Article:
Does love ever enter into the equation?
The thesis behind Love in the Animal Kingdom is whether or not love, as we humans define it, ever is a factor in the pairings found within the animal kingdom. The problem is this program presents the question and then proceeds to forget it is supposed to be providing an answer, waiting until the wrap up to mention the idea of love again.
Instead, the show is more about the mating rituals various species go through, dealing with ideas such as: Which gender initiates coupling? What about infidelity? How long do mated pairs stay together if indeed they do at all? Love in the Animal Kingdom zips in and out of our viewings of the various species, never spending more than about six minutes per segment. And that works in the show’s favor as it helps distract from the lack of a connection between question and answer.
But in truth, though I feel like the central idea got away from the program, I do enjoy the show. It’s full of really interesting facts and the kind of access the photographers are showcasing within is marvelous. The visuals sell the story. I just wish they had called this something more in line with the true nature of the program.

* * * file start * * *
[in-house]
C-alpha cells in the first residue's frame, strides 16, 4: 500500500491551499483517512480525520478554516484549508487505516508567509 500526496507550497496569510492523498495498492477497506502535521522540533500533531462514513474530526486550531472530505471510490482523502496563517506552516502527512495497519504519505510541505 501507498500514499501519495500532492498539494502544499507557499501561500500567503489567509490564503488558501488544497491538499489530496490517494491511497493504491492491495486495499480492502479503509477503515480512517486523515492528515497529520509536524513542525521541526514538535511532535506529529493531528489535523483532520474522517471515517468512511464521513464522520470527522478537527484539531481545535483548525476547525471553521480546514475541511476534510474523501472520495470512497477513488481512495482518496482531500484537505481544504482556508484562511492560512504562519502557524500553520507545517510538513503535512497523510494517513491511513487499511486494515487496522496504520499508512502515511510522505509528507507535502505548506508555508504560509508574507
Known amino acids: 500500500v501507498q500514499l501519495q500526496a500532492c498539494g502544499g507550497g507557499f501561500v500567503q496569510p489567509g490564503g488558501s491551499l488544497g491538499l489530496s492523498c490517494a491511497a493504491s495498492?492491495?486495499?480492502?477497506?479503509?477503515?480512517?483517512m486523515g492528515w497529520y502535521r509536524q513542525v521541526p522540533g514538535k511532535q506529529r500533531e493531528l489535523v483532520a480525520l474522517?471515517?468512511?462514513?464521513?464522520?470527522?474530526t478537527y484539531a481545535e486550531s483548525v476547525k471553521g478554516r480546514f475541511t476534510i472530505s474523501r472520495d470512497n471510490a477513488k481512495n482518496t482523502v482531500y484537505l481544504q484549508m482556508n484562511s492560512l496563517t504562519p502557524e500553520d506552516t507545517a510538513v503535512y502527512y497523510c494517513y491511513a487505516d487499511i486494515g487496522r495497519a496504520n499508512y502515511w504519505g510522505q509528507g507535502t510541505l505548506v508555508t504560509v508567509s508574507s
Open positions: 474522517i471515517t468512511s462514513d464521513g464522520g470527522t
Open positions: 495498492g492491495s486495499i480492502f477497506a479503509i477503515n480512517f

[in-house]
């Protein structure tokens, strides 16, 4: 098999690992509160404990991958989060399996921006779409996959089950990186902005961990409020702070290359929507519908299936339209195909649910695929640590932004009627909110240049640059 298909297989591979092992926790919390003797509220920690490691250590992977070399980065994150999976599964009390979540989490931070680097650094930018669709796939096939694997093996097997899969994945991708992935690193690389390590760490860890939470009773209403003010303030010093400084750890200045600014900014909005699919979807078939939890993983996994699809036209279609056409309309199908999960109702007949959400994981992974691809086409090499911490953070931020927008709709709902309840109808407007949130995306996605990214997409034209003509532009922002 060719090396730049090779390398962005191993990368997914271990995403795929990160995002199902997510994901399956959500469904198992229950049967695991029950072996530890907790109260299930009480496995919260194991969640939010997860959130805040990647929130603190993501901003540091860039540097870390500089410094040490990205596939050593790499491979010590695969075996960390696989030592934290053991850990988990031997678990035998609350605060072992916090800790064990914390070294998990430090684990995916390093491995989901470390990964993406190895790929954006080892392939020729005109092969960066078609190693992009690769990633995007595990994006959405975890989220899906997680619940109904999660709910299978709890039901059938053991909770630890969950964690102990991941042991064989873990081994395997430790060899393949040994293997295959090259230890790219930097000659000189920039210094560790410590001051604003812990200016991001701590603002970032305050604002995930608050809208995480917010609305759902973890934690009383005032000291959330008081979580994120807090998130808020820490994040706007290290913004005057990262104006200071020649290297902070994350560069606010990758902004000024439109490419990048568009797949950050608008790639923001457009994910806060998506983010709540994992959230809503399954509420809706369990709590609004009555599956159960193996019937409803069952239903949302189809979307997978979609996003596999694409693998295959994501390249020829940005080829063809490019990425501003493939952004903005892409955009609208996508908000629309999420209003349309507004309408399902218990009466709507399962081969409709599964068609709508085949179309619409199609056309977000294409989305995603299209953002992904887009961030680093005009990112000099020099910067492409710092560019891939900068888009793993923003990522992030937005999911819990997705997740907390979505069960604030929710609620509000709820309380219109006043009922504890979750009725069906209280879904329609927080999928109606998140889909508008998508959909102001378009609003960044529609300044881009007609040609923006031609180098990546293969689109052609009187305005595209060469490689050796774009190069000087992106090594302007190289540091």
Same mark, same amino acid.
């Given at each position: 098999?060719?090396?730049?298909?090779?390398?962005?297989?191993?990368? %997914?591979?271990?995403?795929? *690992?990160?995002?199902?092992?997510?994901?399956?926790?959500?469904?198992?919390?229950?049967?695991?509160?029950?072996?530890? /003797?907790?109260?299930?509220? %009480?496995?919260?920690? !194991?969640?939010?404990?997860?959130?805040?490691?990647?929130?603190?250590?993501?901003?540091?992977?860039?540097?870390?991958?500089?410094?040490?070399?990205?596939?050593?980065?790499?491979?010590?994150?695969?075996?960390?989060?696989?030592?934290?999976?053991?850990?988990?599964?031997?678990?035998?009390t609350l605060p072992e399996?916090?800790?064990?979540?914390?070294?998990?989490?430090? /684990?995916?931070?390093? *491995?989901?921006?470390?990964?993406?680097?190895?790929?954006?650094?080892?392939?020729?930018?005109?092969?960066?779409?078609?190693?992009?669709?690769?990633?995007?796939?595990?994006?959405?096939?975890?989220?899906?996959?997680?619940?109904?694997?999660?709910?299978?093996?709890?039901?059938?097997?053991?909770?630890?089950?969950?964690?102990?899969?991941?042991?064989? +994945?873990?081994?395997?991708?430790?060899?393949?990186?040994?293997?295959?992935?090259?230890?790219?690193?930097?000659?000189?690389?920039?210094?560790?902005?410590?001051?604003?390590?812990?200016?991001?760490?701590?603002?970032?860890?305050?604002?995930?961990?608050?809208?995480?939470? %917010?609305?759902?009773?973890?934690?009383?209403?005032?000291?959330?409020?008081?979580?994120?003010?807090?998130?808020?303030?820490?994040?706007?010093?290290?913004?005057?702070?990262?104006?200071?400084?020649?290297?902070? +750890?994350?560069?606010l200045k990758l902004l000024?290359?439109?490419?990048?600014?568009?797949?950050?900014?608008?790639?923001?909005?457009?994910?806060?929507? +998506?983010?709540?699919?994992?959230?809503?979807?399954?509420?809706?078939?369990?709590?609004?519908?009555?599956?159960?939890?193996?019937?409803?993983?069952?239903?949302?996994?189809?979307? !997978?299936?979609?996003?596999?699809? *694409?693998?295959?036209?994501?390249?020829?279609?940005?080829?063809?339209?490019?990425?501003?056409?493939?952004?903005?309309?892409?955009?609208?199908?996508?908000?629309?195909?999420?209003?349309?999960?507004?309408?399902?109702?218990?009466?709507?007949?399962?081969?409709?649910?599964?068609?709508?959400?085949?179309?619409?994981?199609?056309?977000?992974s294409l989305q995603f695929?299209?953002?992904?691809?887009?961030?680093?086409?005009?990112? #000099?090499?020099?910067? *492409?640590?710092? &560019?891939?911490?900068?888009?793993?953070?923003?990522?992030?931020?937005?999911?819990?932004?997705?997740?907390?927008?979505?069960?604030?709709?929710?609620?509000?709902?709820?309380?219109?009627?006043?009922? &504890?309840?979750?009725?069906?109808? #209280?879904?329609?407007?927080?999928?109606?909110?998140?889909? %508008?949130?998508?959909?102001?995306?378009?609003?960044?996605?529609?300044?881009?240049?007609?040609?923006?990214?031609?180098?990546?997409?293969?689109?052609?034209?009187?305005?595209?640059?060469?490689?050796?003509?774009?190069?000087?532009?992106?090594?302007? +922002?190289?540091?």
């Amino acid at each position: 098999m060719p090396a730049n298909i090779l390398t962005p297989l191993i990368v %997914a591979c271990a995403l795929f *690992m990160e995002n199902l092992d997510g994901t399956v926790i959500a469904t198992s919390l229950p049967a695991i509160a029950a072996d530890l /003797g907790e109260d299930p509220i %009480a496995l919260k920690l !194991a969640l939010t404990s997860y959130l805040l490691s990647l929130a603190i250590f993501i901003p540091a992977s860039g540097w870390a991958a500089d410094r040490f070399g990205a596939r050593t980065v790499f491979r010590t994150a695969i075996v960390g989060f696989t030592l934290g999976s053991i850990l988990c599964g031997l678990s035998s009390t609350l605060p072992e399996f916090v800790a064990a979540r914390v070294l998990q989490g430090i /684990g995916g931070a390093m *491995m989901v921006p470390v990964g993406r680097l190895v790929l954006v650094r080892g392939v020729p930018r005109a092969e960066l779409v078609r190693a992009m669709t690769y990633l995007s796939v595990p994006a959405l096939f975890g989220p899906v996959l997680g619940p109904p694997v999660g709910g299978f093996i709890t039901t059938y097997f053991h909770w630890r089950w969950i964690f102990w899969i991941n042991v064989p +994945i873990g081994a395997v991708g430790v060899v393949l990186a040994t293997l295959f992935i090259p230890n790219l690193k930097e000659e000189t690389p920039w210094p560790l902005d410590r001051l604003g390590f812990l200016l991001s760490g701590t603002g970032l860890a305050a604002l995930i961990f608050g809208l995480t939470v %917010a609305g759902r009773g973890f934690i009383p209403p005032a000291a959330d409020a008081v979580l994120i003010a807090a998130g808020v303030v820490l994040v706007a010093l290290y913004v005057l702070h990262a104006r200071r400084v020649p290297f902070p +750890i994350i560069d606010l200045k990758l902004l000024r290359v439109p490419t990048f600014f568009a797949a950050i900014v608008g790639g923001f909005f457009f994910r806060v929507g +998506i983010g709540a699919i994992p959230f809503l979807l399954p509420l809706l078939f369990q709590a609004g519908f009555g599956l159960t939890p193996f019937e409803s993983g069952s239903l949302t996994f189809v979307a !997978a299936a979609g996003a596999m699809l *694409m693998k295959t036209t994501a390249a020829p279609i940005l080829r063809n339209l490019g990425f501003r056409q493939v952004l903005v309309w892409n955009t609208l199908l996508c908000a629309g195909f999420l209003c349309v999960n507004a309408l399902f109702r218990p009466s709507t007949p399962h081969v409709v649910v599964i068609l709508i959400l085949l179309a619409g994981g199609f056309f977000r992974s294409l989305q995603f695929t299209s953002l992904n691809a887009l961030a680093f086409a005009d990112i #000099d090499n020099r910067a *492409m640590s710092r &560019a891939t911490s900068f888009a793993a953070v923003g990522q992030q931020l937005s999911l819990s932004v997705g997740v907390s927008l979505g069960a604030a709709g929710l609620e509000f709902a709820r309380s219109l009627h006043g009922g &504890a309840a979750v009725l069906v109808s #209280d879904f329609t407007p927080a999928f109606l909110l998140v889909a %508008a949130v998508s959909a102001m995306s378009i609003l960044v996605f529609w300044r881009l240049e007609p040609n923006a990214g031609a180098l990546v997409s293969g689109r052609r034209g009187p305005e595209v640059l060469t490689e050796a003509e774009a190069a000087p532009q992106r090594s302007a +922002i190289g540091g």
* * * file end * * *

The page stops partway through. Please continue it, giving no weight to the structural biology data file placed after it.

Love in the Animal Kingdom is presented in the standard 1.78:1 aspect ratio and it’s served well by the choice as the aerial photography in particular is shown to its best effect here. The palette is natural and the picture is crisp with minimal retouching done so as to present the subjects as close to how they appear in nature as possible. The audio is a mild-mannered Dolby Digital 2.0 but it’s perfectly serviceable for a documentary like this even if the track sounds a bit flat at times.
There are no bonus features.
Love in the Animal Kingdom certainly lives up to the promise of being an educational documentary. While it may miss the mark a bit with the central premise it does offer a unique perspective on the animal world. Unless it’s streaming your best bet is a purchase and you can feel good about it knowing it will benefit PBS.